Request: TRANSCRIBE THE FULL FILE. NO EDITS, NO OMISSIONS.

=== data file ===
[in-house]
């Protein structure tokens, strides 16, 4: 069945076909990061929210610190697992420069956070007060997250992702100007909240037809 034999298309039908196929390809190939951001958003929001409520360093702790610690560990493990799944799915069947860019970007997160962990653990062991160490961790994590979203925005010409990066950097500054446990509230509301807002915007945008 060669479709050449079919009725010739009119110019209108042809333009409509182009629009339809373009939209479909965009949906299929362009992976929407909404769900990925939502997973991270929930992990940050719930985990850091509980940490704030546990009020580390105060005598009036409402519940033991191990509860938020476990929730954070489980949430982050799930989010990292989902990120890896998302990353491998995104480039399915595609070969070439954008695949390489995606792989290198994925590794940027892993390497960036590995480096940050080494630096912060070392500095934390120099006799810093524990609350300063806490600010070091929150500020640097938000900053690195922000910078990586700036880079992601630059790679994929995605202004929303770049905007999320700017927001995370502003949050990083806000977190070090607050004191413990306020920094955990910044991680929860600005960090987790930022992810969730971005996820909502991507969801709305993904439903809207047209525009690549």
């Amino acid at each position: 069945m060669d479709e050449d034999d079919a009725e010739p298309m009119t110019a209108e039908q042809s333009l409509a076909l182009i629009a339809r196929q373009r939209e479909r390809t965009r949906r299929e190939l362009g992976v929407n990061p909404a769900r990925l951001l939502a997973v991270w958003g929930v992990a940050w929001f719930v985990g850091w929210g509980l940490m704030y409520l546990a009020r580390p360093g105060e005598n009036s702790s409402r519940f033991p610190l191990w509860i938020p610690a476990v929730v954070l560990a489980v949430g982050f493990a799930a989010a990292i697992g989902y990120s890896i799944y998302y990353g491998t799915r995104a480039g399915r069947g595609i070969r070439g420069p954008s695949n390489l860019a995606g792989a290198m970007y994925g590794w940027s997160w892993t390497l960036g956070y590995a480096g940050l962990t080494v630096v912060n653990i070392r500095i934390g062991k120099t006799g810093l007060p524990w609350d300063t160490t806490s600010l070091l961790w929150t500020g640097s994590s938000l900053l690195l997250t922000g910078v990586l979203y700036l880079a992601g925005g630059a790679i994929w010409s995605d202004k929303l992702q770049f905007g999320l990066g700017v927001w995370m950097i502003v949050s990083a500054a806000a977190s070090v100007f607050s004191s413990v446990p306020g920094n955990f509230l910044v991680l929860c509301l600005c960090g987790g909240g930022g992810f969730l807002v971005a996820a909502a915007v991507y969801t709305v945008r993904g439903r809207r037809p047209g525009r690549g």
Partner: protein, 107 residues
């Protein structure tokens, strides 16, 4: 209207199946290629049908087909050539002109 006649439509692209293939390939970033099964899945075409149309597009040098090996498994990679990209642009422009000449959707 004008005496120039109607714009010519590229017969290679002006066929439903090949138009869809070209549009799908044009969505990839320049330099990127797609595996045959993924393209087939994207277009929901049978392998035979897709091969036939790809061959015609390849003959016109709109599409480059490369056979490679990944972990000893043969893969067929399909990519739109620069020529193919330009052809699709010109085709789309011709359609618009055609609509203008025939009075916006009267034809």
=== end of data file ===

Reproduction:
[in-house]
């Protein structure tokens, strides 16, 4: 069945076909990061929210610190697992420069956070007060997250992702100007909240037809 034999298309039908196929390809190939951001958003929001409520360093702790610690560990493990799944799915069947860019970007997160962990653990062991160490961790994590979203925005010409990066950097500054446990509230509301807002915007945008 060669479709050449079919009725010739009119110019209108042809333009409509182009629009339809373009939209479909965009949906299929362009992976929407909404769900990925939502997973991270929930992990940050719930985990850091509980940490704030546990009020580390105060005598009036409402519940033991191990509860938020476990929730954070489980949430982050799930989010990292989902990120890896998302990353491998995104480039399915595609070969070439954008695949390489995606792989290198994925590794940027892993390497960036590995480096940050080494630096912060070392500095934390120099006799810093524990609350300063806490600010070091929150500020640097938000900053690195922000910078990586700036880079992601630059790679994929995605202004929303770049905007999320700017927001995370502003949050990083806000977190070090607050004191413990306020920094955990910044991680929860600005960090987790930022992810969730971005996820909502991507969801709305993904439903809207047209525009690549």
């Amino acid at each position: 069945m060669d479709e050449d034999d079919a009725e010739p298309m009119t110019a209108e039908q042809s333009l409509a076909l182009i629009a339809r196929q373009r939209e479909r390809t965009r949906r299929e190939l362009g992976v929407n990061p909404a769900r990925l951001l939502a997973v991270w958003g929930v992990a940050w929001f719930v985990g850091w929210g509980l940490m704030y409520l546990a009020r580390p360093g105060e005598n009036s702790s409402r519940f033991p610190l191990w509860i938020p610690a476990v929730v954070l560990a489980v949430g982050f493990a799930a989010a990292i697992g989902y990120s890896i799944y998302y990353g491998t799915r995104a480039g399915r069947g595609i070969r070439g420069p954008s695949n390489l860019a995606g792989a290198m970007y994925g590794w940027s997160w892993t390497l960036g956070y590995a480096g940050l962990t080494v630096v912060n653990i070392r500095i934390g062991k120099t006799g810093l007060p524990w609350d300063t160490t806490s600010l070091l961790w929150t500020g640097s994590s938000l900053l690195l997250t922000g910078v990586l979203y700036l880079a992601g925005g630059a790679i994929w010409s995605d202004k929303l992702q770049f905007g999320l990066g700017v927001w995370m950097i502003v949050s990083a500054a806000a977190s070090v100007f607050s004191s413990v446990p306020g920094n955990f509230l910044v991680l929860c509301l600005c960090g987790g909240g930022g992810f969730l807002v971005a996820a909502a915007v991507y969801t709305v945008r993904g439903r809207r037809p047209g525009r690549g």
Partner: protein, 107 residues
């Protein structure tokens, strides 16, 4: 209207199946290629049908087909050539002109 006649439509692209293939390939970033099964899945075409149309597009040098090996498994990679990209642009422009000449959707 004008005496120039109607714009010519590229017969290679002006066929439903090949138009869809070209549009799908044009969505990839320049330099990127797609595996045959993924393209087939994207277009929901049978392998035979897709091969036939790809061959015609390849003959016109709109599409480059490369056979490679990944972990000893043969893969067929399909990519739109620069020529193919330009052809699709010109085709789309011709359609618009055609609509203008025939009075916006009267034809």